Vine Maple Bunjin on Rock-
I collected this tree about five years ago, and put it in a nursery pot to recover from the indignity. It was deep in the back of the bonsai yard, nearly forgotten (John, my apprentice, assures me it’s been watered at least every September), and every month or so I’ve thought, ‘Really have to do something with that…’ This week we had some extra muck at hand and this composition was the result.
Enjoy our mini-photo essay of creating a maple planting on a rock.
Vine Maple, Acer circinatum, removed from its pot, with a lava stone. The smaller trunk was removed.
Discovering a bit of nebari on this collected maple. Always a surprise to find surface roots on a collected tree. Sometimes the best inclination of a yamadori trunk minimizes surface roots; in this case, we could show them off.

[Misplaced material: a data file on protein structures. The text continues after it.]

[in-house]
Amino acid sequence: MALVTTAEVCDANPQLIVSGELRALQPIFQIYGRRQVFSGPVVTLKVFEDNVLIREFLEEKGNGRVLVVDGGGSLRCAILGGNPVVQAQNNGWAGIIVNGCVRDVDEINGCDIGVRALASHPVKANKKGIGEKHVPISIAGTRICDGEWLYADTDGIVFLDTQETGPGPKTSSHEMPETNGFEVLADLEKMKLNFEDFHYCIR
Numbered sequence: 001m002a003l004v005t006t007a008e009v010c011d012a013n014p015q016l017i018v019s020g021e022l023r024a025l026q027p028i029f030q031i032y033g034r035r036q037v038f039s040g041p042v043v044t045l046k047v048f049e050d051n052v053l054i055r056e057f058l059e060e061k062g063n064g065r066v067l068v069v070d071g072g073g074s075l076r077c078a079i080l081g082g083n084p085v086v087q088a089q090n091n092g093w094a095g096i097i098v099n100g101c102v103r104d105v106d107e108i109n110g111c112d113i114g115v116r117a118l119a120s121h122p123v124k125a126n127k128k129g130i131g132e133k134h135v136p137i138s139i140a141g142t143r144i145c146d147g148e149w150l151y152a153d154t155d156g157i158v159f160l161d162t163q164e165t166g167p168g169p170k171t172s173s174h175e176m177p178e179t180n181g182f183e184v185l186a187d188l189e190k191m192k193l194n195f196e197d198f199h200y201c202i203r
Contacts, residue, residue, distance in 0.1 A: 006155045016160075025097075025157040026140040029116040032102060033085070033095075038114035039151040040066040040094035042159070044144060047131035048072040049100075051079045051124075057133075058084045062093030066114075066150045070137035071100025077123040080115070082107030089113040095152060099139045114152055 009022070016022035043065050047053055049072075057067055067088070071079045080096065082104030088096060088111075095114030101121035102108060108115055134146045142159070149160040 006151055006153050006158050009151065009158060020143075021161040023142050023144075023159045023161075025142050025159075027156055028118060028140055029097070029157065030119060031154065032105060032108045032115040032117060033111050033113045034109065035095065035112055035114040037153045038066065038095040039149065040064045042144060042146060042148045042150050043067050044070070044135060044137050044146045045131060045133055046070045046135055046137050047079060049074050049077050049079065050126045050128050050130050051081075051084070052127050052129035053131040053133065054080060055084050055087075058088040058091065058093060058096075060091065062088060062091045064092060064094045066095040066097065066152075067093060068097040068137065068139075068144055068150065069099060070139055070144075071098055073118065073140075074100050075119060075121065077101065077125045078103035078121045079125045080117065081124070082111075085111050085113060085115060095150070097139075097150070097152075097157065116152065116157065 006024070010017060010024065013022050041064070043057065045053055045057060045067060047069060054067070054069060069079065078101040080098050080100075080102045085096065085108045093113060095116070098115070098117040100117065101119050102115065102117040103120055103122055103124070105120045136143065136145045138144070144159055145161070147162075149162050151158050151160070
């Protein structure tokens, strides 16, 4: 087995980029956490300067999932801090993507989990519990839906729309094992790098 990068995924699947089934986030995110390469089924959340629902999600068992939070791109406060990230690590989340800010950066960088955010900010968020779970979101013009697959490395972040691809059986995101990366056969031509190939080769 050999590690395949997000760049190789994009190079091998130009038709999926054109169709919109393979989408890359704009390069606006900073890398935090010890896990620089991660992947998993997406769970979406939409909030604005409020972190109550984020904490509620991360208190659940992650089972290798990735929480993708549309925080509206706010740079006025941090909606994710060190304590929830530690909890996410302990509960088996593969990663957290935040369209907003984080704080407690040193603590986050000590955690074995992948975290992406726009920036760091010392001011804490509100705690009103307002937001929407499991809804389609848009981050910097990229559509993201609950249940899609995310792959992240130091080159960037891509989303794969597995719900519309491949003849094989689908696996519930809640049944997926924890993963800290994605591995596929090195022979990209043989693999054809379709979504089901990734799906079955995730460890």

John and Travis also discover a big ball of wood beneath the base
Our approximate location on the stone
And the finished composition. The root mass was attached with wires snaked through drilled holes in the rock. This has a pretty big wingspan, about 4′ / 1.2m . At this juncture we didn’t do much pruning, though the branches will come in slightly later. Vine Maple is a species that tends to be loose and airy, hence not much effort to contain that feeling. We rubbed live moss over the muck (the light brown area), which usually colonizes completely in about a year. Mounded surfaces like this are the only situation I prefer the creeping moss, which not only holds together soil best, but is also low in height and doesn’t add to the visual mass of the soil / container unit. For a skinny-trunked bunjin like this, keeping that mass minimal while having enough roots to keep the tree happy is a tricky balance.